Ford Mustang brings back iconic Mach 1 alongside electric Mach-E
Ford Motor Co. is reviving the storied Mustang Mach 1 badge for 2021, just in time to go on sale next to the futuristic Mach E electric SUV.
The fire-breathing, V8-powered Mach 1 will be the old-school bookend to Ford’s performance lineup as it introduces its stealthy, high-torque Mach-E — which Ford says is the battery-powered future of the company. The Mach-E is the first electric SUV ever produced by Mustang as it expands the legendary pony car beyond its two-door sports car roots.
Ford says the Mach 1 will be Mustang's most track-focused coupe. It will replace the Bullitt badge as a limited-edition, V-8 performance model slotted between the $36,725 GT and top-of-the-line, supercharged $71,495 GT500. Mustang is the world's most popular sports car with over 100,000 copies sold globally each year.
“Mach 1 has a special place in Mustang history,” said Dave Pericak, director of Ford icons. “Like the original, the all-new Mustang Mach 1 will be true to its heritage, delivering great looks and as the most track-capable 5.0-liter Mustang ever.”
Just as the iconic, fastback Mach 1 helped define the 1960s muscle car era when it was introduced in '69, so does Ford hope the Mach-E will define the emerging electric car era of the 2020s.
“The timing is undeniable with the introduction of the Mach-E,” said Karl Brauer, auto analyst, muscle car enthusiast and executive publisher of Kelley Blue Book. “The heritage of the Mach I invokes a sense of speed, and the Mach-E brings a distinctive name to the electric space with that heritage behind it.”
Badging aside, the Mach 1 and Mach-E couldn’t be more different. The iconic fastback coupe that debuted during the '60s golden era of muscle cars returns as Mustang’s ultimate, naturally-aspirated, 5.0-liter V8 beast. When it debuted in 1969, the Mach 1 set design cues that would carry through three generations of the Mach 1. The last Mach 1 was produced from 2003-2004.
The original Mach 1 featured quad headlights with the inner pair inset in the grille. Camouflaged shots of the 2021 Mach 1 released by Ford show round air intakes in the grille reminiscent of the '69 car's lights. The inlets might take the place of the Mach 1’s traditional hood scoop in order to cool the 5.0-liter V-8 beast within.
The Mach 1 traditionally features a hood scoop and a “shaker” option (a hood scoop that sticks through a hole in the hood), though Ford gave no indication of the latter. Rear photos do indicate that the 2021 Mach 1 will, however, continue the traditional rear wing and bazooka-sized quad tailpipes. Expect the new Mach 1 to also feature a signature matte black hood stripe and front spoiler.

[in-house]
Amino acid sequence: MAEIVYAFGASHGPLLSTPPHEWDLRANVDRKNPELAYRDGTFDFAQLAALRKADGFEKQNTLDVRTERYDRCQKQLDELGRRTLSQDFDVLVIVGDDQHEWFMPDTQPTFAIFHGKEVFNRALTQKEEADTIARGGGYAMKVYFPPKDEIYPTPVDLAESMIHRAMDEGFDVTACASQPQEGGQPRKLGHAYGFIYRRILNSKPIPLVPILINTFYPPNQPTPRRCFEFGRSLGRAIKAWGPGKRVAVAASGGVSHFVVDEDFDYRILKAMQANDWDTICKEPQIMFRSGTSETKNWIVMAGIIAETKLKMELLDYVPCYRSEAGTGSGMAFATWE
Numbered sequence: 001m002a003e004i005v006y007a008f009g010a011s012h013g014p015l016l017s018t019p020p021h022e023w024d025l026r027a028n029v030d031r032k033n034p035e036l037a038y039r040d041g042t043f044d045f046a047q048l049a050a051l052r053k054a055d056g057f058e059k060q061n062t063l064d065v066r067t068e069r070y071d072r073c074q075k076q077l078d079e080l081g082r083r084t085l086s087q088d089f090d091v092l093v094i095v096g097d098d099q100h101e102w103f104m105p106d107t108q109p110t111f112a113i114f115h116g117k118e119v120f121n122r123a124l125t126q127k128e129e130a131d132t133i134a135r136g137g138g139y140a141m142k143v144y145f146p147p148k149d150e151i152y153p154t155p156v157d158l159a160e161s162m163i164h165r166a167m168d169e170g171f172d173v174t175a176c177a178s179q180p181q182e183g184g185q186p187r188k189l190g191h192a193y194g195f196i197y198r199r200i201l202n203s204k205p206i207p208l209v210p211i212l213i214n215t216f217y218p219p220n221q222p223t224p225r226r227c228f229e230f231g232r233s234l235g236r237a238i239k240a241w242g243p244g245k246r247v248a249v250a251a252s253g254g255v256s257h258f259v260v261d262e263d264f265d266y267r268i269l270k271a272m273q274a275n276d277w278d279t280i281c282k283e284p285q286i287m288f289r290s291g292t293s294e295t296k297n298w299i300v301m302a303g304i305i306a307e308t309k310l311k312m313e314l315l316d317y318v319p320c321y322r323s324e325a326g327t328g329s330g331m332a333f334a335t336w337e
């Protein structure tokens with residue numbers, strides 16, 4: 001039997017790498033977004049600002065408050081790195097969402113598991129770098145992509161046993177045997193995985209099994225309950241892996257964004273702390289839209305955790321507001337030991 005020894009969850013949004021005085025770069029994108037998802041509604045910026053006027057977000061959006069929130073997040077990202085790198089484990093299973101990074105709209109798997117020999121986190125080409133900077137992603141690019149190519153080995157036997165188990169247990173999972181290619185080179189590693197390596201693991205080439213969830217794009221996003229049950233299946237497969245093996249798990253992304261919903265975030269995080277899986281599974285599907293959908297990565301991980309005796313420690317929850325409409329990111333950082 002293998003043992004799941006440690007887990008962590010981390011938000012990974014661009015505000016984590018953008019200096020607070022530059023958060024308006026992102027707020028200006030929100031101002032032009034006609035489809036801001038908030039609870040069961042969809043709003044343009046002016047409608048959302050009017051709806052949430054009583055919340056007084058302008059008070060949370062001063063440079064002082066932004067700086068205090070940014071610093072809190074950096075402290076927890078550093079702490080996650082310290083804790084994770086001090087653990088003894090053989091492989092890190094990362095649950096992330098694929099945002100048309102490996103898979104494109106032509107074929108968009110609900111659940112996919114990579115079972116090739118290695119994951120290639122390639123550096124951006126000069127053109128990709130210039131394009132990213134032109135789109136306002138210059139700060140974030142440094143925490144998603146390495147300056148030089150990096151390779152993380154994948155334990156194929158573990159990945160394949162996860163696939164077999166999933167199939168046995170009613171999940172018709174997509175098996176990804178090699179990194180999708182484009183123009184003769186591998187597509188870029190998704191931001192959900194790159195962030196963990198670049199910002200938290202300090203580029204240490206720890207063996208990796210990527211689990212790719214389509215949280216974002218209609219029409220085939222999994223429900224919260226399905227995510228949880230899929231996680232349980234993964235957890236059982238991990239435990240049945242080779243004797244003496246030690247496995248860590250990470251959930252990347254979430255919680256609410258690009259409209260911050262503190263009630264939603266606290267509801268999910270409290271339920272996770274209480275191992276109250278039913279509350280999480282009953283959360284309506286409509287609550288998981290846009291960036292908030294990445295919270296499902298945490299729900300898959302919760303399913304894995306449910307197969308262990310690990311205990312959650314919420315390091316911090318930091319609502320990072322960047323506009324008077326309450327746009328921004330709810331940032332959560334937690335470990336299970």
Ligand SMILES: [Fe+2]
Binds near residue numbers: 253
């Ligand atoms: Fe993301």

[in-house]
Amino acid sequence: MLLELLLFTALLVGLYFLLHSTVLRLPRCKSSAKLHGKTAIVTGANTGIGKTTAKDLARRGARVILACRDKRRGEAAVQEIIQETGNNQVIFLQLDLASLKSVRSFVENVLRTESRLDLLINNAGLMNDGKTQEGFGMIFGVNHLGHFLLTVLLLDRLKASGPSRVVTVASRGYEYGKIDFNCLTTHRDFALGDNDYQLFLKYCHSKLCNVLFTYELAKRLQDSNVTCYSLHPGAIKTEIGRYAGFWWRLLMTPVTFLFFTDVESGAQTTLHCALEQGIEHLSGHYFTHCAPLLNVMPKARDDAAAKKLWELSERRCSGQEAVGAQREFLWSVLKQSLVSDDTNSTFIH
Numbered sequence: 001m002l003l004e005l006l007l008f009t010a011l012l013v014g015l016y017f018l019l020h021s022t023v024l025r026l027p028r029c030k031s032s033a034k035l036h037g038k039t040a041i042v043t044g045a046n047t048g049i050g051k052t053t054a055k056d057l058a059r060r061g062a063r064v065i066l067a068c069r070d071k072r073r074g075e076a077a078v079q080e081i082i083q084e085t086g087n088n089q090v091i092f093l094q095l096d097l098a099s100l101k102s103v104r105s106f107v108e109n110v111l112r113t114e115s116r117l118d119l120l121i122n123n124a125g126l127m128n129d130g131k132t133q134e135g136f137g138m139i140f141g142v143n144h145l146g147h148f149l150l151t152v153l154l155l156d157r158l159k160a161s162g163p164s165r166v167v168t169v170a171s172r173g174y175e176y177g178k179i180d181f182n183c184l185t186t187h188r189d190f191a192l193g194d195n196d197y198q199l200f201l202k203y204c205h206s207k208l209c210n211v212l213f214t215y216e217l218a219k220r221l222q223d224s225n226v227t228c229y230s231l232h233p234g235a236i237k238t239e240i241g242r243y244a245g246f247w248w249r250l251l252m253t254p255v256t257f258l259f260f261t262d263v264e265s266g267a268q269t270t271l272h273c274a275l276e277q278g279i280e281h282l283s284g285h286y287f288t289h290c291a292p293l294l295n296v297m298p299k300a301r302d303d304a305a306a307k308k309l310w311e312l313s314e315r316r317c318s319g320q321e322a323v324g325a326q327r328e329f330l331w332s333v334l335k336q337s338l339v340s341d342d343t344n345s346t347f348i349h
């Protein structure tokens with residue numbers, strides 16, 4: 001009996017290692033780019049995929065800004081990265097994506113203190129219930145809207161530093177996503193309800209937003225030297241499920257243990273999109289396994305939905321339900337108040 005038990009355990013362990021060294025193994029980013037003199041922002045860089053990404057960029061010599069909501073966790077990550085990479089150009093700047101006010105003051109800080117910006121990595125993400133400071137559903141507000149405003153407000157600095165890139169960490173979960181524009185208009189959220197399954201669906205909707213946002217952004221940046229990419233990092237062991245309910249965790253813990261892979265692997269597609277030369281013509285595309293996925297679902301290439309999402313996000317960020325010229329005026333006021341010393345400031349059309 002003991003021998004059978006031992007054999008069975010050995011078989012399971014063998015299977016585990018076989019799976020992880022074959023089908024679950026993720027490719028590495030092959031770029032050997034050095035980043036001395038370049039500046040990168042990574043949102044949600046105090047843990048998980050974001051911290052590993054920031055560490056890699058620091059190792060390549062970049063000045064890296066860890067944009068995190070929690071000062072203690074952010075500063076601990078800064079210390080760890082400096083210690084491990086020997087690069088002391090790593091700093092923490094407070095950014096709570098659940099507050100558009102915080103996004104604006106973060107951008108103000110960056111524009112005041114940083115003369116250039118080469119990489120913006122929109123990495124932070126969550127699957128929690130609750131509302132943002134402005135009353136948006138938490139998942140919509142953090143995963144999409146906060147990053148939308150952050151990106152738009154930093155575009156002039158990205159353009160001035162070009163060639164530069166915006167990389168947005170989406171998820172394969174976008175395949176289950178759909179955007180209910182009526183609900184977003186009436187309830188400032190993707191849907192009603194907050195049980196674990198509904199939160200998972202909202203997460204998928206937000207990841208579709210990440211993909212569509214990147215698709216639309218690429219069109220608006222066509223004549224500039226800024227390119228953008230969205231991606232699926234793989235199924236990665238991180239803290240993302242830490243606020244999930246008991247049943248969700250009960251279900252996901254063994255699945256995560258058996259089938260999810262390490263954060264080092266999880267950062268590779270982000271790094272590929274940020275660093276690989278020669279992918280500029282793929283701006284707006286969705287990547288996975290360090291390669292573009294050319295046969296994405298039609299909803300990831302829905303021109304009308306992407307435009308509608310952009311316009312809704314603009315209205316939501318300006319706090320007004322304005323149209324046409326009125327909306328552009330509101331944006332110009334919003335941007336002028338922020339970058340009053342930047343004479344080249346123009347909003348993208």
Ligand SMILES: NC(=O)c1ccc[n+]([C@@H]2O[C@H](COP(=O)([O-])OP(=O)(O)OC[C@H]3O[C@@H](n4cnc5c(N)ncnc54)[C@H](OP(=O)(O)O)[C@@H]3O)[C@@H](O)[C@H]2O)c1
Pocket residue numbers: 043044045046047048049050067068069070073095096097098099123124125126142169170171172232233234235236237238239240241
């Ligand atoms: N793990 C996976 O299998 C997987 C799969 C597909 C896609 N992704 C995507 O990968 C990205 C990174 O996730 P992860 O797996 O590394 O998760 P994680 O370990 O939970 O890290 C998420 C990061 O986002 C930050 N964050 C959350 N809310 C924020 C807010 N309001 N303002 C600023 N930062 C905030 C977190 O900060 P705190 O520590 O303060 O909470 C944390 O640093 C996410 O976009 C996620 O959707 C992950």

By contrast, the battery-powered Mach-E will not exhale through rear tailpipes because it will be powered by either one or two electric motors. The latter version will get the performance GT moniker and boast 459 horsepower and 612-pound feet of torque — competitive with the Mach 1’s power stats which should be similar to the Bullitt’s 480 horsepower and 420-pound feet of torque. The Mach 1 will have to hustle to stay with the EV's sub-4 second zero-60 time.
Expect dramatically different interiors as the Mach 1 will feature Mustang’s familiar dash and instrument displays with round, aviation-style air vents, while the Mach-E EV interior will be spartan with a big tablet center screen like its chief Tesla Model Y competitor.
In an indication of the expense of electric cars versus their gas-powered cousins, the Mach-E will start at $44,995 ($61,600 for the GT) while the Mach 1 will likely start at a price similar to the $48,905 Bullitt it replaces.
With the Mustang Bullitt and GT350 models slated for the chopping block at the end of the 2020 model year, the 2021 Mustang Mach 1 should take its traditional place as the most capable, normally-aspirated V-8 Mustang in the showroom.
“Starting in 1969, the Mach 1 was the best-known, highest-volume, highest profile performance version of the Mustang,” said KBB’s Brauer.
The first generation Mach 1 was re-imagined in 1974 as a hatchback version — a body style that the Mach-E EV will revive in SUV form. The Mach 1 badge returned for a third generation in 2003-2004 with a more athletic suspension and performance Brembo brakes. Photos indicate the new Mach 1 will also feature Brembos.
“Mach 1 has always been that bridge between base Mustangs and the Shelby models,” said Ted Ryan, heritage brand manager, Ford Archives. Now, Ford hopes it will help build a bridge to a new electric era of the performance automobile.
Henry Payne is auto critic for The Detroit News. Find him at firstname.lastname@example.org or Twitter @HenryEPayne.